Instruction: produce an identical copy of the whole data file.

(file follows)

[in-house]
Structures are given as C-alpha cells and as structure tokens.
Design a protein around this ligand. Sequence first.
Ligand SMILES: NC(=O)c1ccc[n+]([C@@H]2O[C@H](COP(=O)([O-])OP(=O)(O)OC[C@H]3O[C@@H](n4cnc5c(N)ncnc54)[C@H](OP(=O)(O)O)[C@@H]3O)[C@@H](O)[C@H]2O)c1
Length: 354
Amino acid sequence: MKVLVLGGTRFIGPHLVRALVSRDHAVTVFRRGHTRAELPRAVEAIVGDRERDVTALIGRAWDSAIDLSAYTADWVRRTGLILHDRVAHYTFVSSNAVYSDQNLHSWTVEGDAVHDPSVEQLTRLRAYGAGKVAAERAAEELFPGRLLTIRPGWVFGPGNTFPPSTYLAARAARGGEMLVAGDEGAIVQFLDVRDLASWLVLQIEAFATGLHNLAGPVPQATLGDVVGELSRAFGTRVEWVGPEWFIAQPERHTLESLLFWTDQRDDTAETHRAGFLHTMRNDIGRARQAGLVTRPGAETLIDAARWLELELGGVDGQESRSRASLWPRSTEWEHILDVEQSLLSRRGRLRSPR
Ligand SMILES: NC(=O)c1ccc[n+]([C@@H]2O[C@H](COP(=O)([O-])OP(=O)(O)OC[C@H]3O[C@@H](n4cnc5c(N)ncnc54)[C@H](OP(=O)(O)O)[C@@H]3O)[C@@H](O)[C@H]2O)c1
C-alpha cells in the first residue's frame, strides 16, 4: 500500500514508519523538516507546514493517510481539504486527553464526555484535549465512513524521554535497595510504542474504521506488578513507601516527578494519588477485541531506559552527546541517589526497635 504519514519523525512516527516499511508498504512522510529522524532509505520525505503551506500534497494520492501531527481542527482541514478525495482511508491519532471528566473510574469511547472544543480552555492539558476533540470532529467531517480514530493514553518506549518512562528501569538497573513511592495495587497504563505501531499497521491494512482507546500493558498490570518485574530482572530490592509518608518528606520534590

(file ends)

[in-house]
Structures are given as C-alpha cells and as structure tokens.
Design a protein around this ligand. Sequence first.
Ligand SMILES: NC(=O)c1ccc[n+]([C@@H]2O[C@H](COP(=O)([O-])OP(=O)(O)OC[C@H]3O[C@@H](n4cnc5c(N)ncnc54)[C@H](OP(=O)(O)O)[C@@H]3O)[C@@H](O)[C@H]2O)c1
Length: 354
Amino acid sequence: MKVLVLGGTRFIGPHLVRALVSRDHAVTVFRRGHTRAELPRAVEAIVGDRERDVTALIGRAWDSAIDLSAYTADWVRRTGLILHDRVAHYTFVSSNAVYSDQNLHSWTVEGDAVHDPSVEQLTRLRAYGAGKVAAERAAEELFPGRLLTIRPGWVFGPGNTFPPSTYLAARAARGGEMLVAGDEGAIVQFLDVRDLASWLVLQIEAFATGLHNLAGPVPQATLGDVVGELSRAFGTRVEWVGPEWFIAQPERHTLESLLFWTDQRDDTAETHRAGFLHTMRNDIGRARQAGLVTRPGAETLIDAARWLELELGGVDGQESRSRASLWPRSTEWEHILDVEQSLLSRRGRLRSPR
Ligand SMILES: NC(=O)c1ccc[n+]([C@@H]2O[C@H](COP(=O)([O-])OP(=O)(O)OC[C@H]3O[C@@H](n4cnc5c(N)ncnc54)[C@H](OP(=O)(O)O)[C@@H]3O)[C@@H](O)[C@H]2O)c1
C-alpha cells in the first residue's frame, strides 16, 4: 500500500514508519523538516507546514493517510481539504486527553464526555484535549465512513524521554535497595510504542474504521506488578513507601516527578494519588477485541531506559552527546541517589526497635 504519514519523525512516527516499511508498504512522510529522524532509505520525505503551506500534497494520492501531527481542527482541514478525495482511508491519532471528566473510574469511547472544543480552555492539558476533540470532529467531517480514530493514553518506549518512562528501569538497573513511592495495587497504563505501531499497521491494512482507546500493558498490570518485574530482572530490592509518608518528606520534590